the Greek camp to which she was A rain of tears, a cloud of dark disdain,
summoned by her father, a traitor, Hath done the wearied cords great hinderance;
and sent by the Trojans in a Wreathèd with error and eke with ignorance.
The stars be hid that led me to this pain.
Drownèd is reason that should me consort,
And I remain despairing of the port.
Petrarch, "Rime 190" Trans. Anna Maria Armi
Una candida cerva sopra l'erba A pure-white doe in an emerald glade
Verde m'apparve, con duo corna d'oro, Appeared to me, with two antlers of gold,
Fra due riviere, all'ombra d'un alloro, Between two streams, under a laurel's shade,
Levando 'l sole, a la stagione ascerba. At sunrise, in the season's bitter cold.
Era sua vista sí dolce superba, Her sight was so suavely merciless
Chi'i lasciai per seguirla ogni lavoro; That I left work to follow her at leisure,
Com l'avaro, che 'n cercar tesoro Like the miser who looking for his treasure
Com diletto l'affanno disascerba. Sweetens with that delight his bitterness.
"Nessun mi tócchi--al bel collo d'intorno Around her lovely neck, "Do not touch me"
Scritto avea di diamanti e di topazi-- Was written with topaz and diamond stone,
Libera farmi al mio Cesare parve". "My Caesar's will has been to make me free."
Et era 'l sol giá vòlto al mezzo giorno; Already toward noon had climbed the sun,
Gli occhi miei stanchi di mirar non sazî, My weary eyes were not sated to see,
Quand'io caddi ne l'acqua, et ella sparve. When I fell in the stream and she was gone.
Sir Thomas Wyatt, "Whoso List to Hunt"
Whoso list to hunt, I know where is an hind,
But as for me, alas, I may no more.
The vain travail hath wearied me so sore
I am of them that farthest cometh behind.
Yet may I, by no means, my wearied mind
Draw from the deer, but as she fleeth afore,
Fainting I follow. I leave off therefore,
Since in a net I seek to hold the wind.
Whoso list her hunt, I put him out of doubt,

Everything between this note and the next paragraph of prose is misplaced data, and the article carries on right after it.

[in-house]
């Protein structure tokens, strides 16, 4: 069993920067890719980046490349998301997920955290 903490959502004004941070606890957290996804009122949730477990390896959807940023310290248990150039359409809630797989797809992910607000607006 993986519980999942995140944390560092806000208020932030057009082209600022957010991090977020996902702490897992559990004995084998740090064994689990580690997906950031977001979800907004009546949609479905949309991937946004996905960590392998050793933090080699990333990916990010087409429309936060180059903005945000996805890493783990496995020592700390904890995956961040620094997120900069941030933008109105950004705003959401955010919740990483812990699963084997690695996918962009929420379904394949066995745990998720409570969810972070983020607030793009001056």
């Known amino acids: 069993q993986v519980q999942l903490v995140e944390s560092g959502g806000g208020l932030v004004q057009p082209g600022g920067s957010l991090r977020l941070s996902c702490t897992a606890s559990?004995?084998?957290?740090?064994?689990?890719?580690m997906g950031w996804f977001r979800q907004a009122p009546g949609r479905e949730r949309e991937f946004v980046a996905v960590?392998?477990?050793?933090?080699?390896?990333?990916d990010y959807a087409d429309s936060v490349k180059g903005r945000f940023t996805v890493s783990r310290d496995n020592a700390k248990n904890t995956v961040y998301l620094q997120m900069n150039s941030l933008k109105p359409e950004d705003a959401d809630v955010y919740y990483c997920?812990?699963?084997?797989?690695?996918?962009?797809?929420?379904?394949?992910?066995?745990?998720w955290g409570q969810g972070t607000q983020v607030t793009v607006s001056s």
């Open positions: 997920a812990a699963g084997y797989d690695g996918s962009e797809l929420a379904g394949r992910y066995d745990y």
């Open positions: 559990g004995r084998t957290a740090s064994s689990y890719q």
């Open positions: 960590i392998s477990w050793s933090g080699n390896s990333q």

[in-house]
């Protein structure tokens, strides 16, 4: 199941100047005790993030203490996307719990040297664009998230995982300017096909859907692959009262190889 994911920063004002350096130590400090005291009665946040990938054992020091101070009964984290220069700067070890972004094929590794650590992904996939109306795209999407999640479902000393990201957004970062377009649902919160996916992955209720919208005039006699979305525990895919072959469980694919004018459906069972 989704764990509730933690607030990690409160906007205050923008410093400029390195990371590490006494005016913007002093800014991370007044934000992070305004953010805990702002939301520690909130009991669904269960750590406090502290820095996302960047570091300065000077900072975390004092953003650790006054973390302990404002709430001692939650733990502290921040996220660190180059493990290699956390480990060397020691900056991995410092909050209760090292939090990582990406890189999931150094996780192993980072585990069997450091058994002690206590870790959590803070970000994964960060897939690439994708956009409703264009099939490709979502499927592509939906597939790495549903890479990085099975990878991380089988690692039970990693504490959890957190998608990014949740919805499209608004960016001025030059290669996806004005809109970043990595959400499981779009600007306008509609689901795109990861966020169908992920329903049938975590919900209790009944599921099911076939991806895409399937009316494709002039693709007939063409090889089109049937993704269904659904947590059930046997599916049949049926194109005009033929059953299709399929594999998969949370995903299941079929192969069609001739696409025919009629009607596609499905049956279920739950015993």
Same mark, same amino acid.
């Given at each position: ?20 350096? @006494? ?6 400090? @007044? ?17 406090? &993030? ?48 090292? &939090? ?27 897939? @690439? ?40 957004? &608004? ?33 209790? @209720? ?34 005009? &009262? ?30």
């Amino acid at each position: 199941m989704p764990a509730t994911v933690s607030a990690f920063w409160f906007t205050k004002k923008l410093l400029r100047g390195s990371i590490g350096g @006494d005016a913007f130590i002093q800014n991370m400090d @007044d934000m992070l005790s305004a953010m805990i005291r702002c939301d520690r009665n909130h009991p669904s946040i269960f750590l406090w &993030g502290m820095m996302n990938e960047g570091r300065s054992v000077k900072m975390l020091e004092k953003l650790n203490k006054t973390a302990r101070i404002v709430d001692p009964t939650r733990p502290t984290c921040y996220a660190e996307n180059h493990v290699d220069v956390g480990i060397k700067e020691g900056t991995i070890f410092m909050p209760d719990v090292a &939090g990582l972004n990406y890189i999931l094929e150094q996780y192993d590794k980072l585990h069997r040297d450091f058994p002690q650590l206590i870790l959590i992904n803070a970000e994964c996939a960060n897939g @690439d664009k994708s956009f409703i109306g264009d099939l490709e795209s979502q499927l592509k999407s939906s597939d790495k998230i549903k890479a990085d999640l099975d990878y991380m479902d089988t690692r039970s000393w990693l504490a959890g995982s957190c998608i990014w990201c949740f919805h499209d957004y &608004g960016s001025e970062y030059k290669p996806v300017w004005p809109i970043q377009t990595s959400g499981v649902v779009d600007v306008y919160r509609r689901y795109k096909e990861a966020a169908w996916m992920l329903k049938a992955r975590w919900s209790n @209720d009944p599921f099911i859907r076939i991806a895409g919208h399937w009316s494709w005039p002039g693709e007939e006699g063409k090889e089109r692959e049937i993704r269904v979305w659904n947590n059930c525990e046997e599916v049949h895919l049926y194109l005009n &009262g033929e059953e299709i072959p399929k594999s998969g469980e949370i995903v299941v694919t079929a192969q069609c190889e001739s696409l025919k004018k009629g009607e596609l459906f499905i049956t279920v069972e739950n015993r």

As well as I, may spend his time in vain.
And graven with diamonds in letters plain
There is written, her fair neck round about, [note this "sestet" doesn't split into 2 x 3-line groups]
"Noli me tangere, for Caesar's I am,
And wild for to hold, though I seem tame.
[Noli me tangere = Touch me not]
Petrarch, "Rime 310" Trans. Anna Maria Armi
Zefiro torna, e 'l bel tempo rimena, Zephyr comes back and brings the lovely weather,
E i fiori e l'erbe, sua dolce famiglia Flowers and grass, its sweet family ties,
E garrir Progne, e pianger Filomena And Philomela warbles, and Procne cries,
E primavera candida e vermiglia. And spring returns, the white and the pink feather;
Ridono i prati, e 'l ciel si rasserena; The meadows laugh and the sky is serene;
Giove s'allegra di mirar sua figlia; Jupiter gladly gazes on his daughter;
L'aria, e l'acqua, e la terra è d'amour piena; Love fills the air and the earth and the water;
Ogni animal d'amar si riconsiglia. And all the creatures' instincts on love lean.
[Note that the sestet begins the emotional "turning" from harmony to alienation.]
Ma per me, lasso!, tornanoi piú gravi But to me only come the heaviest sighs
Sospiri, che del cor profondo tragge That from my heart she will draw out and pull,
Quella ch'al ciel se ne portò le chiavi; Who flew away with its keys to the skies;
E cantar augelietti, e fiorir piagge, And small birds singing, and blossoms so full,
E 'n belle donne oneste atti soavi And lovely women, their acts fair and mild,
Sono un deserto, e fere aspre e selvagge. Are a desert to me, beasts rough and wild.
Henry Howard, earl of Surrey, "The Soote Season"
The soote season, that bud and bloom forth brings,
With green hath clad the hill and eke the vale,
The nightingale with feathers new she sings;
The turtle to her make hath told her tale.
Summer is come, for every spray now springs;
The hart hath hung his old head on the pale;
The buck in brake his winter coat he flings, [note the Norton editors do not full-stop
The fishes float with new repairèd scale; this stanza, which would make it a true
"quatrain"--but is 4+8+2 more reasonable?]
The adder all her slough away she slings,
The swift swallow pursueth the fliès small;
The busy bee her honey now she mings.
Winter is worn, that was the flowers' bale.
And thus I see among these pleasant things, [Note the "turning" happens at the end of the poem in a
Each care decays, and yet my sorrow springs. rhyming couplet, unlike Petrarch's terza rima "aba" stanza.
If we accept a "three quatrain" logical structure above, we have the
"English" or "Shakespearian" sonnet as early as 1557, when Tottel's
Miscellany was published. For the next great development, linking
sonnets together tracking the development of a relationship,
see Sidney's Astrophil and Stella. This strategy was anticipated
by Petrarch, however, who had issued an authorized arrangement
of all his songs to "Laura," chronologically arranged by grouping
together those written before and after her death.]